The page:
The figures from the first SBM Intelligence’s Jollof Rice Index for 2018 are in. But there is not much to cheer. No, the food crisis bedevilling some parts of Nigeria’s northeast has not spread its wings to other parts of the country. The ghost of the inflation-fuelled 2016 still looms in the dark of markets across the country.
The SBM Jollof Rice Index, a composite index that tracks the prices of the main ingredients used to prepare a pot of one of Nigeria’s primary delicacies, Jollof rice, shows that it costs Nigerians more to prepare a pot of Jollof rice [including the mandatory chicken] for five persons than it did in 2016. This reality is antithetical to the latest figures released by Nigeria’s National Bureau of Statistics. According to the NBS figures, inflation slowed to 14.33 per cent in February, the lowest since April 2016.
The drop in headline inflation represents the thirteenth consecutive disinflation since January 2017 and is 0.8 per cent points less than the rate recorded in January 2018 (15.13) per cent.
However, the Food Index increased by 17.59 per cent (year-on-year) in February, down by 1.33 per cent points from rate recorded in January 2018 (18.92) per cent. During the month, all major food sub-indexes increased.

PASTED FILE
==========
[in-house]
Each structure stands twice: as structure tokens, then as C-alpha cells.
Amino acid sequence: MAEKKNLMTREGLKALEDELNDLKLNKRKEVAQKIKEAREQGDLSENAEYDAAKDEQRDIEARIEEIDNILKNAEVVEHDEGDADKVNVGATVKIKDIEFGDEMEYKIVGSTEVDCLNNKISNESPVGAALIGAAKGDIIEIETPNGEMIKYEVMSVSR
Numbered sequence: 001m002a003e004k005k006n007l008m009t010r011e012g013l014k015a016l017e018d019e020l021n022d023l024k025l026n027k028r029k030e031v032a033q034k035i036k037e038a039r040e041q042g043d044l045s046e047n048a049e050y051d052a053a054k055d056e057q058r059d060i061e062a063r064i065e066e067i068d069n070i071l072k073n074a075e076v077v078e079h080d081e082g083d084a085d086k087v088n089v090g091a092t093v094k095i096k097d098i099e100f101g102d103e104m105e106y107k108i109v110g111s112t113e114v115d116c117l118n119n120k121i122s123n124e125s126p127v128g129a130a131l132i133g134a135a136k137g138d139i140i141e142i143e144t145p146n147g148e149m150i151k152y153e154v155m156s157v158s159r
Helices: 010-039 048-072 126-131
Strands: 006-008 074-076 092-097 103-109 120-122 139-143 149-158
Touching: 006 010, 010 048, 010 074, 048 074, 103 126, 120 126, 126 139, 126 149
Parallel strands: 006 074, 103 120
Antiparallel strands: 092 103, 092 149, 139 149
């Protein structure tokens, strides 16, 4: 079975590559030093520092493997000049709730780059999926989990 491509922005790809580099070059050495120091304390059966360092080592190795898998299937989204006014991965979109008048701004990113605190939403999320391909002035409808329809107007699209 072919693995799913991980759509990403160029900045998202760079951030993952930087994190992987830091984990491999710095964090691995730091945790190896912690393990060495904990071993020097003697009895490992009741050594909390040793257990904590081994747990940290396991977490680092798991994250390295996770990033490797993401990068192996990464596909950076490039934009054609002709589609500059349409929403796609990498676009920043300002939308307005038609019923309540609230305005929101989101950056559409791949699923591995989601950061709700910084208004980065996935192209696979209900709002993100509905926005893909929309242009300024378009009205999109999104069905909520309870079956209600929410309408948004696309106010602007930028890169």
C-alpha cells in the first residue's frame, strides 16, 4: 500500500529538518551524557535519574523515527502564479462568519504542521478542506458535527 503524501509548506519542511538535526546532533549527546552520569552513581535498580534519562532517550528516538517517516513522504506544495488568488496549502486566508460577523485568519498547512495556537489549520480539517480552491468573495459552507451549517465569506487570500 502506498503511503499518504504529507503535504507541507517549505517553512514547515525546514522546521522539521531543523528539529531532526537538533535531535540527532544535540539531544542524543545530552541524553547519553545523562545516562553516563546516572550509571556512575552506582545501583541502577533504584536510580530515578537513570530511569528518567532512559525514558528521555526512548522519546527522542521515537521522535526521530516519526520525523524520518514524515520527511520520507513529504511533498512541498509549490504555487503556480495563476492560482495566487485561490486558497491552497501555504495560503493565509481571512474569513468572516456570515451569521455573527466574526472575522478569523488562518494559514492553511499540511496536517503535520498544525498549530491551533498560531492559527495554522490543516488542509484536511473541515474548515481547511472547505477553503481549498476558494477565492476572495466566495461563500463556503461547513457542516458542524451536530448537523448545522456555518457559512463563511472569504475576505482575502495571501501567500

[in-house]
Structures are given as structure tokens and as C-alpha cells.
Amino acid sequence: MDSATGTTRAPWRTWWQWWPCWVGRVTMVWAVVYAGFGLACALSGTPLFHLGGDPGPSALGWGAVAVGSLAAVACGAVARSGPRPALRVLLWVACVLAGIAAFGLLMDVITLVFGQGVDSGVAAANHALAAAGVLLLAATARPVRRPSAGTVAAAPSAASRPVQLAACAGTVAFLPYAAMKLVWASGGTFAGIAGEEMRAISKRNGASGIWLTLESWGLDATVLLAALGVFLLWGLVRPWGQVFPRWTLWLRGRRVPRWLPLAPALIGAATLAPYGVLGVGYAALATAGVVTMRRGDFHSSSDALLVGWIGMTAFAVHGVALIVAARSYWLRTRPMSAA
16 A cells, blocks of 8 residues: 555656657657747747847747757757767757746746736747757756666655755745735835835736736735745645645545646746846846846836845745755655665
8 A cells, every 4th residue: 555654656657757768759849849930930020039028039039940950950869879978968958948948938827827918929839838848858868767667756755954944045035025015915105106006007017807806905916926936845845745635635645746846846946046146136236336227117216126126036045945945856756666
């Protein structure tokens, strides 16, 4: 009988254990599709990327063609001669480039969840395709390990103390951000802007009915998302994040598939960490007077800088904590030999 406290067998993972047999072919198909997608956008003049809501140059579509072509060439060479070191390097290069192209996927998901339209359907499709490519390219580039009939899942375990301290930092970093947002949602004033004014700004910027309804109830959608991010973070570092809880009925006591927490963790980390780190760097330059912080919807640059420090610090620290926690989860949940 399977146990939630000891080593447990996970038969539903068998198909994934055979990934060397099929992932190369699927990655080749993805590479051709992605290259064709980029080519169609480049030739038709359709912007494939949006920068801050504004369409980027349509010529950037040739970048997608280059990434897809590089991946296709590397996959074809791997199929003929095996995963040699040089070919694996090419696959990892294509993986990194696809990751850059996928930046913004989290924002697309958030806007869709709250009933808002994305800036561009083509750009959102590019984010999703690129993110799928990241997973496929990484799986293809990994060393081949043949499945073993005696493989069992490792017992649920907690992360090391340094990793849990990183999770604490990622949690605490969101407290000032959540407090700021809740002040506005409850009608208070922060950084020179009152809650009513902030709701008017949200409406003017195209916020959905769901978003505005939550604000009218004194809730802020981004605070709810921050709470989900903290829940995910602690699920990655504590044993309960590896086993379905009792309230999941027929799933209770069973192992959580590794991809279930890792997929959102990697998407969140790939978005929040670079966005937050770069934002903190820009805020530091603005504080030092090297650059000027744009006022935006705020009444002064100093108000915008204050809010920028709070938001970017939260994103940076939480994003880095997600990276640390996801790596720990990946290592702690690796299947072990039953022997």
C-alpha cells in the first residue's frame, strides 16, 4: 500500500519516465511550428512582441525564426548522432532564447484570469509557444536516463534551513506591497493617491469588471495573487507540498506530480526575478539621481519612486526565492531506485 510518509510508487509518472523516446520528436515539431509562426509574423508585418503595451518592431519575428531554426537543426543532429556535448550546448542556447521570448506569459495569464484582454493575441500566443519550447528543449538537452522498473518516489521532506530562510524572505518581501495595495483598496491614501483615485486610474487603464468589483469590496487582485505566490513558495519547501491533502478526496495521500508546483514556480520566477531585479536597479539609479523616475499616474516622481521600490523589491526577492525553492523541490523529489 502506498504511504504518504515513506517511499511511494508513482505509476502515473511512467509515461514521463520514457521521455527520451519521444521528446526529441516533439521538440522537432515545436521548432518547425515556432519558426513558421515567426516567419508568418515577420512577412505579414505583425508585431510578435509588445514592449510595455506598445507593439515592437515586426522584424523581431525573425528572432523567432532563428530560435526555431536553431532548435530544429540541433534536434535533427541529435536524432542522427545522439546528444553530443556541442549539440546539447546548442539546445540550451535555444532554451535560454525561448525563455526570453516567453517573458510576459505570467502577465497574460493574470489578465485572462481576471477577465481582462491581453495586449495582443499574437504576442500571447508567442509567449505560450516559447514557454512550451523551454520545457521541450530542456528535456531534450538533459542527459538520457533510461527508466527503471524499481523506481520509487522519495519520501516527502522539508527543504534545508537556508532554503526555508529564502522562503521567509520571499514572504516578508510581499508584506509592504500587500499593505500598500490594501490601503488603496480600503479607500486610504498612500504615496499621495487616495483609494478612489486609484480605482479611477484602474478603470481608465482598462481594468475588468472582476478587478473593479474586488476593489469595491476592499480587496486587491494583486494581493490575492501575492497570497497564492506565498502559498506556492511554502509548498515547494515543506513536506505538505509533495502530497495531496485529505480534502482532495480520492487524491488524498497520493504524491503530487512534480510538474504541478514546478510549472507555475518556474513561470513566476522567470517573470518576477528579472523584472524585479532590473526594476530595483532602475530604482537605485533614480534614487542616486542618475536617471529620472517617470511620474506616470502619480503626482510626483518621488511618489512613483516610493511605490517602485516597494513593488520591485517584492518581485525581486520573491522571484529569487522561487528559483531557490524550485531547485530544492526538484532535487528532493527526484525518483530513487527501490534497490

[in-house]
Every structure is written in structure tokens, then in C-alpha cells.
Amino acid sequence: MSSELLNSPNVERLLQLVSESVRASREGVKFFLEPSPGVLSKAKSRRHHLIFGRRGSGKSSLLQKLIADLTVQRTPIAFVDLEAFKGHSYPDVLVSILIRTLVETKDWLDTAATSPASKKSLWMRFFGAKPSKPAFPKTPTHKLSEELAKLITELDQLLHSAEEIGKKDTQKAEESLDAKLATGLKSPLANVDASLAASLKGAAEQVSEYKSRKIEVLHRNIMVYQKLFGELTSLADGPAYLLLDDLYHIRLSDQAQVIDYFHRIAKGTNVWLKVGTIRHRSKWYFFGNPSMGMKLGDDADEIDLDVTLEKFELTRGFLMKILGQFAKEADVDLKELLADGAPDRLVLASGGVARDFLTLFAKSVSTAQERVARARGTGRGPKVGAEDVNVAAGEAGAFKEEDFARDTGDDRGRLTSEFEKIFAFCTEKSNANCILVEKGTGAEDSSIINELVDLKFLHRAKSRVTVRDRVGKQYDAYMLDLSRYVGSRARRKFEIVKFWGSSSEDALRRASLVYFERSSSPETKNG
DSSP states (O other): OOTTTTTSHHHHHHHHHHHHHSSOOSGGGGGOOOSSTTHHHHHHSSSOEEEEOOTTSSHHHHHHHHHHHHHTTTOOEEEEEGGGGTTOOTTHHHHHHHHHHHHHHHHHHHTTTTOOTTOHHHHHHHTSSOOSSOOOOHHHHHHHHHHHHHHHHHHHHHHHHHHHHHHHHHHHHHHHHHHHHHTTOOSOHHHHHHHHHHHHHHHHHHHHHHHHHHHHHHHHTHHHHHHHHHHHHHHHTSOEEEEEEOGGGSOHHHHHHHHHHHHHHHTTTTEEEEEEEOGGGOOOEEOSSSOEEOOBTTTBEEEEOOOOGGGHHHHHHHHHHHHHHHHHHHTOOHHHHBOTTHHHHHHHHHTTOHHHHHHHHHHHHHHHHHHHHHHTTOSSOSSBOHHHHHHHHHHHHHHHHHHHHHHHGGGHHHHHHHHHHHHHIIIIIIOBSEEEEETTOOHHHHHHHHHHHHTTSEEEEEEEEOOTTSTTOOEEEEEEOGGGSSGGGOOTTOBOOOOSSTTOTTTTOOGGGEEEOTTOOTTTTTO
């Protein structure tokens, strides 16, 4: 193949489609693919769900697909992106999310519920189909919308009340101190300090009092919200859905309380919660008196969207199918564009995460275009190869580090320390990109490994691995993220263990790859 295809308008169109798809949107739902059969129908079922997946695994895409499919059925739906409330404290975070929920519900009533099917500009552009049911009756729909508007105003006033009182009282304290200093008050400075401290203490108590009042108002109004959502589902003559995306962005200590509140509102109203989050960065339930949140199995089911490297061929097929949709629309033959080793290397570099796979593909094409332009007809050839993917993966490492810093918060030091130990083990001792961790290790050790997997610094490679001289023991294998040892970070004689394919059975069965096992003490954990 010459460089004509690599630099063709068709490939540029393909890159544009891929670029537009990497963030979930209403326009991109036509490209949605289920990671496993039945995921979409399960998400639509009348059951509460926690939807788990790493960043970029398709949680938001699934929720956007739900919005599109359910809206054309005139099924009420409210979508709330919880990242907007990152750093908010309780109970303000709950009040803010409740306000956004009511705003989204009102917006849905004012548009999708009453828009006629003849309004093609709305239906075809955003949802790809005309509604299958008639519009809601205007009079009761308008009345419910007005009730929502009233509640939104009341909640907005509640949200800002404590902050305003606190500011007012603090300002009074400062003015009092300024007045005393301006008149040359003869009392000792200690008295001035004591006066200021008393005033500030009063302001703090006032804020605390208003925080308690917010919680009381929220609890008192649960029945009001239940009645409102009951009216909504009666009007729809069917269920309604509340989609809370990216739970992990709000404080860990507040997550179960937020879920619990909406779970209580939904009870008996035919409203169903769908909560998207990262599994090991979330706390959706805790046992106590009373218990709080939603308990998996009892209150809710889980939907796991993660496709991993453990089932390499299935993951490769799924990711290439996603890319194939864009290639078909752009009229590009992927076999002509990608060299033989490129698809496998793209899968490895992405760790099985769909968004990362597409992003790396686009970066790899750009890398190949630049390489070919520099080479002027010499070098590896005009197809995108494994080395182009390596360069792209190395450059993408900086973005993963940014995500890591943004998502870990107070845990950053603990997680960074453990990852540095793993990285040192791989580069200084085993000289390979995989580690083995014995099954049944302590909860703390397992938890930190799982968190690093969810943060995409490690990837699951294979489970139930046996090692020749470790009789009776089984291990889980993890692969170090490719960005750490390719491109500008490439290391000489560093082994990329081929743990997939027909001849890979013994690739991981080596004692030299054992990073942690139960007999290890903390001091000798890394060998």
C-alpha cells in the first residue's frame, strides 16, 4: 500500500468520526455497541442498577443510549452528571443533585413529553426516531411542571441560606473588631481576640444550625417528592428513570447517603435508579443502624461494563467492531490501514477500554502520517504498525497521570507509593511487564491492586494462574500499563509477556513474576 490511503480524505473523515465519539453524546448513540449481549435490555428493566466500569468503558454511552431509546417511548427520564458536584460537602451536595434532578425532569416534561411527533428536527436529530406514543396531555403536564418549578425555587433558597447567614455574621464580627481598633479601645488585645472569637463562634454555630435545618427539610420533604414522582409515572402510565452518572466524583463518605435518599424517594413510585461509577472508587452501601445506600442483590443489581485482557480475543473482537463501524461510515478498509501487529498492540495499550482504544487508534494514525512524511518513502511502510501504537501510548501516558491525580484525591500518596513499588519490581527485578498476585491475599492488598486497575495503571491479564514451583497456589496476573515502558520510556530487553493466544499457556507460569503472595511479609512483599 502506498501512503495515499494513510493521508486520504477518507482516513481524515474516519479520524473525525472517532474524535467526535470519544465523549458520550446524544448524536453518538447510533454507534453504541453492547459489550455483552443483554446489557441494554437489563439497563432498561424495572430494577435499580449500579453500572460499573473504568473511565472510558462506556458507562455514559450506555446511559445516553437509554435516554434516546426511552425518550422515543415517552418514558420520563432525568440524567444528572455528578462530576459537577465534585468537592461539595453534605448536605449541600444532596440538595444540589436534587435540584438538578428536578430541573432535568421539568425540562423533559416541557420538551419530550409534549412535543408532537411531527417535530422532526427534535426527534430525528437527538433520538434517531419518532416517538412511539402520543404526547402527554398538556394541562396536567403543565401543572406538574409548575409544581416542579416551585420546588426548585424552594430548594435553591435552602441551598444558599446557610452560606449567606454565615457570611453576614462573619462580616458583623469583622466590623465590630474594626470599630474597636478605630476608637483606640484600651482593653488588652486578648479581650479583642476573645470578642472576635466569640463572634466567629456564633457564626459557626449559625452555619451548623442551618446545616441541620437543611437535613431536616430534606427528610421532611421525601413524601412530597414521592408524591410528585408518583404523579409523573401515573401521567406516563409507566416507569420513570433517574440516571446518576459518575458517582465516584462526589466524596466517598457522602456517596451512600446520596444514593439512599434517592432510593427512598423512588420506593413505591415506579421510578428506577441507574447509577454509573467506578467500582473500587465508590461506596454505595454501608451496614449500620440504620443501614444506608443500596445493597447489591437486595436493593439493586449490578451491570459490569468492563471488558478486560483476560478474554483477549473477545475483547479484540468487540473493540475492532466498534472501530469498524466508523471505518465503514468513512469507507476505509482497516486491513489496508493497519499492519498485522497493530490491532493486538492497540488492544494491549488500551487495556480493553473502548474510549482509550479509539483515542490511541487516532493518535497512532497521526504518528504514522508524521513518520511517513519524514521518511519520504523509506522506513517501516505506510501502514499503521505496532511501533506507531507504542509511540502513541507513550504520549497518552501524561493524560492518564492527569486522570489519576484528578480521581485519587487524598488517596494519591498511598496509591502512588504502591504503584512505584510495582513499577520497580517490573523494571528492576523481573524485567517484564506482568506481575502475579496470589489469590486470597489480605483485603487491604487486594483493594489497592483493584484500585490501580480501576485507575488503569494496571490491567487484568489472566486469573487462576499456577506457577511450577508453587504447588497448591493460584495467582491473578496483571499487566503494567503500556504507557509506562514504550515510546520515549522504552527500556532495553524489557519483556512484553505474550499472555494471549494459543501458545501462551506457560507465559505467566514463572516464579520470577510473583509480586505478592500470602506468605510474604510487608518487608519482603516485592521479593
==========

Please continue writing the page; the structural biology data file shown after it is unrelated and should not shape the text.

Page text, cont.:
Expectedly, since it was last released in September 2017, the Jollof Index declined steadily for October and November 2017, reﬂecting the slowdown in food inﬂation. But it rose in January, as a result of the carry-over of the inevitable rise in December. It has begun to decline again.
However, the rate of decline is still slow. A comparison of the February 2018 cost with the base at July 2016 shows a 36 per cent difference with the later date being greater.
Like the last time the index was published, Kano takes the crown as the place where it is costliest to prepare a pot of Jollof Rice – at ₦6,790 as at February 2018. This is less than the ₦7,340 the last time this report was released. The ingredient responsible for this is turkey, as a kilogram of turkey in Kano’s Sabon Gari market costs signiﬁcantly more than in most other markets. Awka in the South East continues to have the lowest Jollof costs, at ₦4,760.
The Guardian News